America is addicted to energy.
We drill miles under the ocean, run nation-length pipelines, and even go to war just to get our fix. Our reliance on cheap fuel sources has helped bring untold prosperity to the United States, powering industry and residential expansion, and supplying everyone with ample power to properly heat and cool their homes. There is also plenty of oil power the millions of vehicles, not to mention ships, airplanes, and most other methods of transport.
Since the United States depends so largely upon energy, we have needed to develop several reliable sources from which to harvest it. Not only are traditional fossil fuels on that list, but new developments and innovations are leading us to exciting ways of harnessing energy every year. One hundred years ago, harvesting power from nuclear plants, the sun, and even the tides was impossible. Now, they are all beginning to become major sources of electricity production.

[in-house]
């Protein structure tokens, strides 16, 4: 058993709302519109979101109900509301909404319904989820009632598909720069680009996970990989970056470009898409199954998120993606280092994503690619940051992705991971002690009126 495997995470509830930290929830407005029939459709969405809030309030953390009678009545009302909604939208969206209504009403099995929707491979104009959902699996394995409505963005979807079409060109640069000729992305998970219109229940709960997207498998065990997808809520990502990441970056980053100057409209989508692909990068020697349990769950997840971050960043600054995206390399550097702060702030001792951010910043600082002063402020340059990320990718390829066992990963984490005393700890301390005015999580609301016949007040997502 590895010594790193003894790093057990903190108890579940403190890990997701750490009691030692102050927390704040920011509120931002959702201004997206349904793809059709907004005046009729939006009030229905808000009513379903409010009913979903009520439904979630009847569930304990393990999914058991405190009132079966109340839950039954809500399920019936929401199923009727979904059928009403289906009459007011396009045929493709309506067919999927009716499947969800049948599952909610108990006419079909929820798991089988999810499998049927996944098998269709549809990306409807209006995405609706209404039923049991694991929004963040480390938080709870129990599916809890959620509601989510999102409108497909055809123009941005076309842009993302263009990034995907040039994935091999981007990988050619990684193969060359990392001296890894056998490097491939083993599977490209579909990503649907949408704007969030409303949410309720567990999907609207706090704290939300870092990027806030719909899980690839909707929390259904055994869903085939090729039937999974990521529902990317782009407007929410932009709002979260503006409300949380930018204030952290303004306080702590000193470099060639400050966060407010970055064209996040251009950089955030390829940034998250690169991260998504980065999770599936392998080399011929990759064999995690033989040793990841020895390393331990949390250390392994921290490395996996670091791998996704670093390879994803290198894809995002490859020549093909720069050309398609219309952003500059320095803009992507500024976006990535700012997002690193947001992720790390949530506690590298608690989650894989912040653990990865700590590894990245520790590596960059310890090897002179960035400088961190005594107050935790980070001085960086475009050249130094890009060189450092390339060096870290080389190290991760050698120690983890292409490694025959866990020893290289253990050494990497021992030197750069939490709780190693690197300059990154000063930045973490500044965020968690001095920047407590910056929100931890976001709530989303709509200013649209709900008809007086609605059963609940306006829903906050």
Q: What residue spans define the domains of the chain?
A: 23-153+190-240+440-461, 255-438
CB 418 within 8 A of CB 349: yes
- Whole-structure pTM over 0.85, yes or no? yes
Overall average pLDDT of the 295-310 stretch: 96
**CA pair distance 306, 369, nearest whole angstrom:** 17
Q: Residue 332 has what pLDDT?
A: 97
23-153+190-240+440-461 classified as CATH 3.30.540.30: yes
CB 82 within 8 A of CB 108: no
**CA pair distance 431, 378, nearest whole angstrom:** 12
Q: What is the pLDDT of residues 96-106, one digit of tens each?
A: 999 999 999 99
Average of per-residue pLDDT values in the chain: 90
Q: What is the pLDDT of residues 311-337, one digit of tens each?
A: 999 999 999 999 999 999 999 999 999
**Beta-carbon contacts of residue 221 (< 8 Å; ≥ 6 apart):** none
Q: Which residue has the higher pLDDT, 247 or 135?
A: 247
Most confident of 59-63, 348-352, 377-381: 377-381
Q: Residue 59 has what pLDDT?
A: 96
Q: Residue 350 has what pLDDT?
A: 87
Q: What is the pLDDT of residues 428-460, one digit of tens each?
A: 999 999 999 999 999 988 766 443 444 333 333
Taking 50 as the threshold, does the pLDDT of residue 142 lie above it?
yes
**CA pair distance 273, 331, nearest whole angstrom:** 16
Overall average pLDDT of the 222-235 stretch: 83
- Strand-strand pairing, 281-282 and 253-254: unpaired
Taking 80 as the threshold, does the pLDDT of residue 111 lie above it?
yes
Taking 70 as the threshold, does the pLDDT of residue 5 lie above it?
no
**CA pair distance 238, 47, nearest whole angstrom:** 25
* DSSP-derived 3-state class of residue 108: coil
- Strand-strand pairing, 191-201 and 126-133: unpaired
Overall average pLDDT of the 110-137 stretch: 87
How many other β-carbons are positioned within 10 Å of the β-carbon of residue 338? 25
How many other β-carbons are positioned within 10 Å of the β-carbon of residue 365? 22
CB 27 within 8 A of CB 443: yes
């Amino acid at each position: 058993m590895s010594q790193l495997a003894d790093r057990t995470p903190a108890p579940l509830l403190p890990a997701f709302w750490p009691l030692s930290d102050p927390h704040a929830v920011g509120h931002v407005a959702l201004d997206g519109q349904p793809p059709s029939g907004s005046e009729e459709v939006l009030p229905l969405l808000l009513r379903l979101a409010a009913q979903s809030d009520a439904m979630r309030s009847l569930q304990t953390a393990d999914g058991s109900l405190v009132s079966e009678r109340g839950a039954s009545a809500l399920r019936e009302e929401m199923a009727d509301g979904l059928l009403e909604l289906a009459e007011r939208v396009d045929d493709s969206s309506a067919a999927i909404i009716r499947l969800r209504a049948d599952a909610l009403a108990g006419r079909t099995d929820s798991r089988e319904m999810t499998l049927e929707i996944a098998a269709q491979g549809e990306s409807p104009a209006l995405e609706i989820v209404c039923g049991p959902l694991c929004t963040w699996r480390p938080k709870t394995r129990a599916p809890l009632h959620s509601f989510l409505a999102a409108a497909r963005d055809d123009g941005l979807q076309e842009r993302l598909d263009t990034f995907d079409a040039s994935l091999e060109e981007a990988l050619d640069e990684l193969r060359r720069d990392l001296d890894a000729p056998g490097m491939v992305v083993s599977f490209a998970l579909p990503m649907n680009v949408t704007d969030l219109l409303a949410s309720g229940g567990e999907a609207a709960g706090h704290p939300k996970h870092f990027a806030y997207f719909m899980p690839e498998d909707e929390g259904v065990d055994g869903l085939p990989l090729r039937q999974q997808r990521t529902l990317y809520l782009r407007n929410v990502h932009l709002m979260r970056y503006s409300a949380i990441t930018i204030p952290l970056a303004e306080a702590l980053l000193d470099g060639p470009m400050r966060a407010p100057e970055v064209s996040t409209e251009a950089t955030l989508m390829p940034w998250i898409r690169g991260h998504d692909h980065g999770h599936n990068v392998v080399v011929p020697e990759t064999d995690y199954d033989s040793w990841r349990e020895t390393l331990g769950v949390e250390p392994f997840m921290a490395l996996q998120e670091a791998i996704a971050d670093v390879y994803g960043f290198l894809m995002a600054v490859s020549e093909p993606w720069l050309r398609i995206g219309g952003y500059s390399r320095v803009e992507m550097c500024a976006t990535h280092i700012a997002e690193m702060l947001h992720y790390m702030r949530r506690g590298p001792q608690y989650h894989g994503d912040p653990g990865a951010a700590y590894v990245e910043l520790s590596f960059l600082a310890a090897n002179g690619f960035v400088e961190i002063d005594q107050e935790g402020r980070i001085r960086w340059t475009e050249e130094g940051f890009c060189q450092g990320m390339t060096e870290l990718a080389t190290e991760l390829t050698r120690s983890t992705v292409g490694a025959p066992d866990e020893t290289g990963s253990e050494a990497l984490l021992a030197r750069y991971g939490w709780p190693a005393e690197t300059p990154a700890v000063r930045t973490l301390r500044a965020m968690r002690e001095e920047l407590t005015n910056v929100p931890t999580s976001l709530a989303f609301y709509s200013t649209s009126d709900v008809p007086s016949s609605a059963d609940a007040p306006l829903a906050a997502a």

Earlier this year, the U.S. Energy Information Administration published their brief on energy use in America, outlining the major sources and the major users by sector. Their findings show that power use varies very widely depending on the specific sector, and that studying the specifics of how each area of the economy uses power can lead to important insights. Different energy sources, whether it be coal or solar energy, are all measured in different ways. But thanks to the BTU, or British Thermal Unit, we have a medium with which to compare them all. One BTU is equal to the amount of energy required to raise the temperature of one pound of water by one degree Fahrenheit.
By using the BTU scale, the EIA is able to compare many different forms of energy within the U.S. economy, investigating how they are being used, and by whom.